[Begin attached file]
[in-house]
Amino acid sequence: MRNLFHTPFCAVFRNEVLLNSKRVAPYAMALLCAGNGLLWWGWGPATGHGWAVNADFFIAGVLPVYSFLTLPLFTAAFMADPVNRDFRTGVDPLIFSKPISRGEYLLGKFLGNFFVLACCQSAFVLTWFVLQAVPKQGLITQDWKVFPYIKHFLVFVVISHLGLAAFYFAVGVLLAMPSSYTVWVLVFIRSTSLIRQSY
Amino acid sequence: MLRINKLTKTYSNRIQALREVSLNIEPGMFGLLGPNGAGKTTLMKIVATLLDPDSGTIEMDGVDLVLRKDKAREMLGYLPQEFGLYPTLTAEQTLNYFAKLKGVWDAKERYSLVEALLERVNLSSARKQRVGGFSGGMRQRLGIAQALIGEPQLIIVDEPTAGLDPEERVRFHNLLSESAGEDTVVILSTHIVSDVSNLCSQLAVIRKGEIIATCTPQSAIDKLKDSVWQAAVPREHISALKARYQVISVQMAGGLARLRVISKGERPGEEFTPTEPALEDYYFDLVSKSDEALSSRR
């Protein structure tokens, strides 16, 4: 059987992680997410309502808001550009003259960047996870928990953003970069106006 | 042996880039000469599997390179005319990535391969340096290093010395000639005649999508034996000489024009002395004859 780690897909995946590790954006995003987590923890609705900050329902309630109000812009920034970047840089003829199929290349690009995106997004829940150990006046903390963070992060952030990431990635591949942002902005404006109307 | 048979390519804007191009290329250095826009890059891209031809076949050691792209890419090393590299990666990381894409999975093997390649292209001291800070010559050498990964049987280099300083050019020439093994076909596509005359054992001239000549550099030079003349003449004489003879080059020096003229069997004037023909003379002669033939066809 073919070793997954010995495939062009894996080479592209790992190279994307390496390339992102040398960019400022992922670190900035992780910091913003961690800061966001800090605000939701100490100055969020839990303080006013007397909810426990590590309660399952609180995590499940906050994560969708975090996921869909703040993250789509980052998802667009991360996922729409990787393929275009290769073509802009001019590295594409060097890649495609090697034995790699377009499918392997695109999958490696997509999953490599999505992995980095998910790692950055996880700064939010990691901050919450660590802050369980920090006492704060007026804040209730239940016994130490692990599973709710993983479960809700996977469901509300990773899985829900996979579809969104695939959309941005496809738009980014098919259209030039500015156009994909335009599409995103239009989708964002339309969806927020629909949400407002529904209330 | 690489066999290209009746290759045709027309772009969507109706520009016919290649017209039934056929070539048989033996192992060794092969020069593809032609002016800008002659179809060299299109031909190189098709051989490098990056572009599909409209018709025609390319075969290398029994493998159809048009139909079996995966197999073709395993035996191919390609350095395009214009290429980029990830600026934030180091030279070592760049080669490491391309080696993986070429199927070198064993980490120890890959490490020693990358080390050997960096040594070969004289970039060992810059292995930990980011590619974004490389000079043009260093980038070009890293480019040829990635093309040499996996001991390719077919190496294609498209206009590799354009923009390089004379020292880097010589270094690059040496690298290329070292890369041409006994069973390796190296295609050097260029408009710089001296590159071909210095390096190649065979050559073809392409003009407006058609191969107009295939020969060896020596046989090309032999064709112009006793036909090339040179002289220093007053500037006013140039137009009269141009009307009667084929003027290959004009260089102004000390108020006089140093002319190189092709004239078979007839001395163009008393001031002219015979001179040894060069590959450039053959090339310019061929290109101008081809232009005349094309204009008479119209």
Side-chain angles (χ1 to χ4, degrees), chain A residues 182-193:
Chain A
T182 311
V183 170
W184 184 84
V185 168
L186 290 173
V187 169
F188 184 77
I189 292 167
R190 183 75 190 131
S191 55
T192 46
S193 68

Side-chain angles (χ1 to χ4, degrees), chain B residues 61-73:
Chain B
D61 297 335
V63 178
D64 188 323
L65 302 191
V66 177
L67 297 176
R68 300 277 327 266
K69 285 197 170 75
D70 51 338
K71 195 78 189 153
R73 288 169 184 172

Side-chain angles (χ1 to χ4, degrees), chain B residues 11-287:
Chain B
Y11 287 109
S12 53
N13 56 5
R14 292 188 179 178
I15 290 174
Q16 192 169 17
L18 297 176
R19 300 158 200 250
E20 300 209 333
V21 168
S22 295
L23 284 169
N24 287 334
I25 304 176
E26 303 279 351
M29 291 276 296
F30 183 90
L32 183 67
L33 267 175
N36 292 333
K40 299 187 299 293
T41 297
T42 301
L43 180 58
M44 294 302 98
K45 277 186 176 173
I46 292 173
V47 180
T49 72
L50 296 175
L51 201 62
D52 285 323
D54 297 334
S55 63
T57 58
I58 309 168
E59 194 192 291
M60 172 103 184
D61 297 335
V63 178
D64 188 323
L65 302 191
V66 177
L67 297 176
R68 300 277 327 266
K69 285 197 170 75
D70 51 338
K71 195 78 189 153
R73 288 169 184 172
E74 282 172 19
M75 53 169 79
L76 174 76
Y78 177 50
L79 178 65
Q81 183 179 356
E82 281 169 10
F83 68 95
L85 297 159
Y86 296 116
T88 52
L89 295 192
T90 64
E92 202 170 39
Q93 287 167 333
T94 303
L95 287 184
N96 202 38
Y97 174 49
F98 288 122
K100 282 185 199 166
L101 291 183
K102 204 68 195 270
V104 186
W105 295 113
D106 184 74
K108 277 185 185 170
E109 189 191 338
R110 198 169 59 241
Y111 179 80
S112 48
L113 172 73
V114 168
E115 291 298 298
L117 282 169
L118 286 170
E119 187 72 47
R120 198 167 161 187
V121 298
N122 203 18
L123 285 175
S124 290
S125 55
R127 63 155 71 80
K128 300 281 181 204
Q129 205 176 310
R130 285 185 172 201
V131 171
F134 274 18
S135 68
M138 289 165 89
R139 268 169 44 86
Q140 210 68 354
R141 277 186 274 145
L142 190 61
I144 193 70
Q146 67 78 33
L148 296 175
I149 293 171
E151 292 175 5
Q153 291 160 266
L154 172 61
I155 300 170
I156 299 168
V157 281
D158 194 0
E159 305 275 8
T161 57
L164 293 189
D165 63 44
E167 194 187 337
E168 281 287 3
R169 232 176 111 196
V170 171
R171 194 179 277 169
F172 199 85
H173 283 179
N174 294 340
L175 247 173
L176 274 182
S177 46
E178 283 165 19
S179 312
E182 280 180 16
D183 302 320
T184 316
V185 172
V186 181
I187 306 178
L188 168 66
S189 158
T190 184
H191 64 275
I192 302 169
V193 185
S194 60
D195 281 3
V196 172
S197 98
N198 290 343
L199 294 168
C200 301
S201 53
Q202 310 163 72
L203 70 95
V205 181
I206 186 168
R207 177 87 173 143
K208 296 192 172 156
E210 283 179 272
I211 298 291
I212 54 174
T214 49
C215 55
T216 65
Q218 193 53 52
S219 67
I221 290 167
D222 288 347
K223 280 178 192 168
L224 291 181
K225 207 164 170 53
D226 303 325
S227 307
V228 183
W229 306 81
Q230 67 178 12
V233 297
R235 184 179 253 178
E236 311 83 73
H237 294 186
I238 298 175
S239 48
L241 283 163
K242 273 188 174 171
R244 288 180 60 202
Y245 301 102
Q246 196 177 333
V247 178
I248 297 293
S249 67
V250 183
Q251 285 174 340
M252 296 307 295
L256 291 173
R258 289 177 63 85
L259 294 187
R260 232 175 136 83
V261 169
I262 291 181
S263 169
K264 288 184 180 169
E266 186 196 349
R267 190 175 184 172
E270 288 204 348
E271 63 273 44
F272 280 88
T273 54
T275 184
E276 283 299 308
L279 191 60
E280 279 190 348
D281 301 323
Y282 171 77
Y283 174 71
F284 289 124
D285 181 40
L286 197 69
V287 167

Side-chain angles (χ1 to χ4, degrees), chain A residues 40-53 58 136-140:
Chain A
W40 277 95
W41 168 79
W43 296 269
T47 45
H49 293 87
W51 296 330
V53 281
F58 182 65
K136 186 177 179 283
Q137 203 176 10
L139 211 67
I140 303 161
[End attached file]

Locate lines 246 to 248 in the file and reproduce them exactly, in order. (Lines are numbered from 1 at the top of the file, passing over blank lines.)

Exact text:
Y282 171 77
Y283 174 71
F284 289 124